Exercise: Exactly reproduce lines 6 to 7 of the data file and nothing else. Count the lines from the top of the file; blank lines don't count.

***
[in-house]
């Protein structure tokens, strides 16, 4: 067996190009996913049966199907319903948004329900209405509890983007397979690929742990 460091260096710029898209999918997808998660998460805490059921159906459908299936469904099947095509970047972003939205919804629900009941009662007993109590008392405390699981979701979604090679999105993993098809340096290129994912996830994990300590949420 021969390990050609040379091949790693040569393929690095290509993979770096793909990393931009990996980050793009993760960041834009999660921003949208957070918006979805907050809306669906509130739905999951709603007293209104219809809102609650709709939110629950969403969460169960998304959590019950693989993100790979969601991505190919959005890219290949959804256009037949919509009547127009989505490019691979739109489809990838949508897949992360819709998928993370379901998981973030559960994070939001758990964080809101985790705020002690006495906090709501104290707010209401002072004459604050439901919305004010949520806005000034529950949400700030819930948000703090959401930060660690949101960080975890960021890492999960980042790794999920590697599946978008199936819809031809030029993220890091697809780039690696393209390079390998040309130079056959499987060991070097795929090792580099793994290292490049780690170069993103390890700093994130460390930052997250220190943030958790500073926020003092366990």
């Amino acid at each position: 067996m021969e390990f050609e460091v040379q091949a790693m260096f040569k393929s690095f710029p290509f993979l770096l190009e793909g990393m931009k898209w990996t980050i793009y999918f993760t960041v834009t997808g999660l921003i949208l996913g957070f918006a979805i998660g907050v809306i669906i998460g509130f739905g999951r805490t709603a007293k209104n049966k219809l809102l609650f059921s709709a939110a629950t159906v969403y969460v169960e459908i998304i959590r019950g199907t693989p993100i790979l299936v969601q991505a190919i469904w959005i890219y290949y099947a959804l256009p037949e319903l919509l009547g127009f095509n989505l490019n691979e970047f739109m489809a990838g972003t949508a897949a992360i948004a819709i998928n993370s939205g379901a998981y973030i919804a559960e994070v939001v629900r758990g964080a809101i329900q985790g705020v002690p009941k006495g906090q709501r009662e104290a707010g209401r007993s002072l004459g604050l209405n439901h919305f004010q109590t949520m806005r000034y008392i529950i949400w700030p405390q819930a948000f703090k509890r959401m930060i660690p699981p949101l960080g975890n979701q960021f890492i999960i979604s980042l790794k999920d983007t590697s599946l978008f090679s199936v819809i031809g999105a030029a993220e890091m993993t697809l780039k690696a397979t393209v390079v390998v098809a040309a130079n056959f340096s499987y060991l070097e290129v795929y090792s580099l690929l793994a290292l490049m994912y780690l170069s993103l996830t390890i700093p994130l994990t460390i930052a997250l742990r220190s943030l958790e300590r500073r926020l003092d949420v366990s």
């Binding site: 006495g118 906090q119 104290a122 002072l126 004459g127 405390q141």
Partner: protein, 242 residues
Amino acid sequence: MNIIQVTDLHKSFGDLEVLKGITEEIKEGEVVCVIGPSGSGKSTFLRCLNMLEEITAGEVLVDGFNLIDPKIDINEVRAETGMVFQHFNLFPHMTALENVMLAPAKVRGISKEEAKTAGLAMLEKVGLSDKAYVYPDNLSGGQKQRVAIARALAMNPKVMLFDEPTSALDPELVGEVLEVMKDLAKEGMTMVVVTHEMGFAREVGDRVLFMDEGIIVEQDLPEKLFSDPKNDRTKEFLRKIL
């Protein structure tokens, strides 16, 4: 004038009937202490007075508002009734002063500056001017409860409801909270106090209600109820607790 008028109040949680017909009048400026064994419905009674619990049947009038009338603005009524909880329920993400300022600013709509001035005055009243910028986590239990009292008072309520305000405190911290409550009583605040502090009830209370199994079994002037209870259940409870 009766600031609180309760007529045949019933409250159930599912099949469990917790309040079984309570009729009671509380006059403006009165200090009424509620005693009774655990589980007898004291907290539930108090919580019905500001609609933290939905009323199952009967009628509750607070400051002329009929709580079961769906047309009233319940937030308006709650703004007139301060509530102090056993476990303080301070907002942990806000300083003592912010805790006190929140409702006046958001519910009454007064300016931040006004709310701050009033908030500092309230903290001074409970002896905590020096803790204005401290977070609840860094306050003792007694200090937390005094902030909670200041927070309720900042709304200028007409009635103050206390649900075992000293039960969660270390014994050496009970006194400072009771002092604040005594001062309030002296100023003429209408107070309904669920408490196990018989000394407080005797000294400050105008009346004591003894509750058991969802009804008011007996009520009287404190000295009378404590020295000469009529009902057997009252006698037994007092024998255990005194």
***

Amino acid sequence: MNIIQVTDLHKSFGDLEVLKGITEEIKEGEVVCVIGPSGSGKSTFLRCLNMLEEITAGEVLVDGFNLIDPKIDINEVRAETGMVFQHFNLFPHMTALENVMLAPAKVRGISKEEAKTAGLAMLEKVGLSDKAYVYPDNLSGGQKQRVAIARALAMNPKVMLFDEPTSALDPELVGEVLEVMKDLAKEGMTMVVVTHEMGFAREVGDRVLFMDEGIIVEQDLPEKLFSDPKNDRTKEFLRKIL
């Protein structure tokens, strides 16, 4: 004038009937202490007075508002009734002063500056001017409860409801909270106090209600109820607790 008028109040949680017909009048400026064994419905009674619990049947009038009338603005009524909880329920993400300022600013709509001035005055009243910028986590239990009292008072309520305000405190911290409550009583605040502090009830209370199994079994002037209870259940409870 009766600031609180309760007529045949019933409250159930599912099949469990917790309040079984309570009729009671509380006059403006009165200090009424509620005693009774655990589980007898004291907290539930108090919580019905500001609609933290939905009323199952009967009628509750607070400051002329009929709580079961769906047309009233319940937030308006709650703004007139301060509530102090056993476990303080301070907002942990806000300083003592912010805790006190929140409702006046958001519910009454007064300016931040006004709310701050009033908030500092309230903290001074409970002896905590020096803790204005401290977070609840860094306050003792007694200090937390005094902030909670200041927070309720900042709304200028007409009635103050206390649900075992000293039960969660270390014994050496009970006194400072009771002092604040005594001062309030002296100023003429209408107070309904669920408490196990018989000394407080005797000294400050105008009346004591003894509750058991969802009804008011007996009520009287404190000295009378404590020295000469009529009902057997009252006698037994007092024998255990005194």